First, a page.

The Rev. Dr. Robert Jeffress  stirred the political pot last week by saying that Mormon presidential hopeful Mitt Romney is a moral guy, but not a Christian. Furthermore, he said, Mormonism is a cult. John Huntsman, also a Mormon and presidential candidate, said Jeffress is a moron. Neither of those comments is appropriate to the office held or hoped for. They did, however, start me wondering what it is that’s really important when it comes to presidential candidates, or any political candidates for that matter.

Just for the record, in terms of what evangelicals mean by Christianity, Mormon doesn’t fit the bill. But in terms of what Mormons mean, it is a Christian religion. It takes me back to something philosopher Ludwig Wittgenstein said, which is that in order for us to understand each other, we must have the same picture. If you mean something different by a term than I do, then perhaps we are both right. Two parties have to agree on the term or no conclusion can be reached—we’re talking at cross purposes.

So I asked myself, if Romney is a moral guy, isn’t that enough? The question goes to the core of what matters: is it what church you attend, what God you believe in, or how you behave? On what basis should you be judged?

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We have used religion as a measure of man’s morality because it’s how many of us measure our own, and someone of our same faith is familiar and reliable. If I’m a good Christian, and if a candidate is a Christian, I know what that means and I believe I can trust him. But we have been disappointed way too often, primarily because a label isn’t enough.

I had a conversation a few weeks ago with the Rev. Terry Smith of The Life Christian Church. He told me that to claim to be a Christian and then behave badly doesn’t work—you have to live Christianity, or in current vernacular, you have to walk the walk. He said we shouldn’t accept that to which we should take exception, and so claims that are made about who and what you are don’t tell the story. It’s what you do that matters. And, if it’s what you do that matters, should it really matter to society what you believe?

It is absolutely true that what we believe as individuals matters a great deal, and I don’t mean to suggest that religious belief has no value. Our personal beliefs should be our strength, joy and comfort.

However, though what we believe informs how we behave and how we determine our own morals, the details of our belief systems are not social concerns. Socially, it doesn’t matter to what religion I subscribe if I am a good person and do the right things—if I’m honest, have integrity, and treat people with dignity and respect. And likewise it doesn’t matter to what religion I subscribe if I’m a scoundrel. Religion doesn’t determine who we are, but gives us a path to follow. We choose who we will be and how we will walk the path.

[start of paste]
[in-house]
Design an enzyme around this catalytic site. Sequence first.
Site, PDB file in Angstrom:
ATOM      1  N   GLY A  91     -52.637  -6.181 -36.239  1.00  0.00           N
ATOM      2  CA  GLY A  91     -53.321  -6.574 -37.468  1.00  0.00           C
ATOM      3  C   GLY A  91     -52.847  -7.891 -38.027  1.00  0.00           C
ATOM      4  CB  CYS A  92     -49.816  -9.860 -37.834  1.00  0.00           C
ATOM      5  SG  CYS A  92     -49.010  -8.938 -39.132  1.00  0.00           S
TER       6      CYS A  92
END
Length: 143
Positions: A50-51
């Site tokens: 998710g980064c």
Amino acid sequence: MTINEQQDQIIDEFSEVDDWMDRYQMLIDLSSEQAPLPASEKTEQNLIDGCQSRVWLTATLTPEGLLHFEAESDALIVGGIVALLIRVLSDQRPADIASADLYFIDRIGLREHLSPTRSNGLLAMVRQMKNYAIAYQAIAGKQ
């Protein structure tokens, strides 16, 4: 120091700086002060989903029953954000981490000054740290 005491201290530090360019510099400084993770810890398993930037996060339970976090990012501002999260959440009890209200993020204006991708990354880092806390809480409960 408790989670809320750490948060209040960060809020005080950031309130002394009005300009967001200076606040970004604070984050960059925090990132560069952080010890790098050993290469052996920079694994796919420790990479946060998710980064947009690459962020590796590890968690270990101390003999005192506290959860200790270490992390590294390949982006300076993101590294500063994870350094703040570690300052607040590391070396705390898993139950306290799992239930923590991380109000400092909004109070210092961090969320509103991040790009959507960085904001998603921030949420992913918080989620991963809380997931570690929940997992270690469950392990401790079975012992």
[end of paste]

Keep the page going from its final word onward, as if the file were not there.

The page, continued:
When John F. Kennedy was running for president, the fact that he was a Roman Catholic played large in the conversation about his candidacy, and those who were concerned weren’t always polite about it. People were sure he would bow to the pope when it came to making moral decisions; some claimed the Catholic Church was a cult, and it worried us. But Kennedy recognized that his responsibility as president was to the people, not to the church. His actions were going to affect not just Americans, but the population of the world, and he understood that. He didn’t bring his religion into the race, but what he believed informed his behavior, and it was his behavior that mattered.

Abraham Lincoln was accused of being an atheist as were Thomas Jefferson and William Taft, though it seems there is evidence enough that they were not. Some of our former presidents were rumored to have been deists, which was a popular theology during certain periods. There were several Unitarian presidents, and there was a time when being a Unitarian was tantamount to being an atheist. But these men were elected despite those concerns, and while Taft did not enjoy popularity, both Lincoln and Jefferson are icons.

Any religion can be a support for good or bad, depending on the individual’s interpretation of it and how it manifests in his behavior—it doesn’t matter which religion it is. It’s our job to look at the whole person before making a judgment on his or her ability to lead.

At the end of the day, it doesn’t matter to society if Romney is a Mormon or if his church is defined as Christian. What does matter is what kind of guy we believe Romney to be. He has a record in politics, and as a businessman. We can find his curriculum vitae without much difficulty, and based on his behavior in those positions, we can decide what we think about his actions, morality and ideology. If he has behaved in a way we can respect and support, that should be enough. And if he has not? Don’t vote for him.